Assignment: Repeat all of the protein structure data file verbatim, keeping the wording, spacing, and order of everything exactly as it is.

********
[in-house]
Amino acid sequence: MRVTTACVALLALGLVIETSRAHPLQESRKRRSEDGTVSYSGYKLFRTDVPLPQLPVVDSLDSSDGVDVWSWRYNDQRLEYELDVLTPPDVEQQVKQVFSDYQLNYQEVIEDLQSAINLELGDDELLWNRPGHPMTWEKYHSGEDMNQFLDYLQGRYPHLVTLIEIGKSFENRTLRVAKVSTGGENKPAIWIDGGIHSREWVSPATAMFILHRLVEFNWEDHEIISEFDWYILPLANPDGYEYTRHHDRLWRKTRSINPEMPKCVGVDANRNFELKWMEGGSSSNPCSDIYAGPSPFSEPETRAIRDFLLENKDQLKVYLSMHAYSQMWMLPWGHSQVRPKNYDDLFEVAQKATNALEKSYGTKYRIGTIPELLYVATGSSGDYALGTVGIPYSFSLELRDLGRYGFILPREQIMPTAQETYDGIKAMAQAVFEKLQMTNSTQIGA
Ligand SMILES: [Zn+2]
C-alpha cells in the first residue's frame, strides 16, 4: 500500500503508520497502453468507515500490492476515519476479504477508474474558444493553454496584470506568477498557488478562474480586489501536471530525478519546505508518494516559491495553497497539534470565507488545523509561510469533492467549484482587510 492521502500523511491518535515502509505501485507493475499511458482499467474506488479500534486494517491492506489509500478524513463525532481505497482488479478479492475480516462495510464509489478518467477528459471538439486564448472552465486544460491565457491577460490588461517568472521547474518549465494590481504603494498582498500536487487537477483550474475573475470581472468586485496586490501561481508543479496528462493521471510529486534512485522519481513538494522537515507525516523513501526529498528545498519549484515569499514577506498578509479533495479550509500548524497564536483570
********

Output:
[in-house]
Amino acid sequence: MRVTTACVALLALGLVIETSRAHPLQESRKRRSEDGTVSYSGYKLFRTDVPLPQLPVVDSLDSSDGVDVWSWRYNDQRLEYELDVLTPPDVEQQVKQVFSDYQLNYQEVIEDLQSAINLELGDDELLWNRPGHPMTWEKYHSGEDMNQFLDYLQGRYPHLVTLIEIGKSFENRTLRVAKVSTGGENKPAIWIDGGIHSREWVSPATAMFILHRLVEFNWEDHEIISEFDWYILPLANPDGYEYTRHHDRLWRKTRSINPEMPKCVGVDANRNFELKWMEGGSSSNPCSDIYAGPSPFSEPETRAIRDFLLENKDQLKVYLSMHAYSQMWMLPWGHSQVRPKNYDDLFEVAQKATNALEKSYGTKYRIGTIPELLYVATGSSGDYALGTVGIPYSFSLELRDLGRYGFILPREQIMPTAQETYDGIKAMAQAVFEKLQMTNSTQIGA
Ligand SMILES: [Zn+2]
C-alpha cells in the first residue's frame, strides 16, 4: 500500500503508520497502453468507515500490492476515519476479504477508474474558444493553454496584470506568477498557488478562474480586489501536471530525478519546505508518494516559491495553497497539534470565507488545523509561510469533492467549484482587510 492521502500523511491518535515502509505501485507493475499511458482499467474506488479500534486494517491492506489509500478524513463525532481505497482488479478479492475480516462495510464509489478518467477528459471538439486564448472552465486544460491565457491577460490588461517568472521547474518549465494590481504603494498582498500536487487537477483550474475573475470581472468586485496586490501561481508543479496528462493521471510529486534512485522519481513538494522537515507525516523513501526529498528545498519549484515569499514577506498578509479533495479550509500548524497564536483570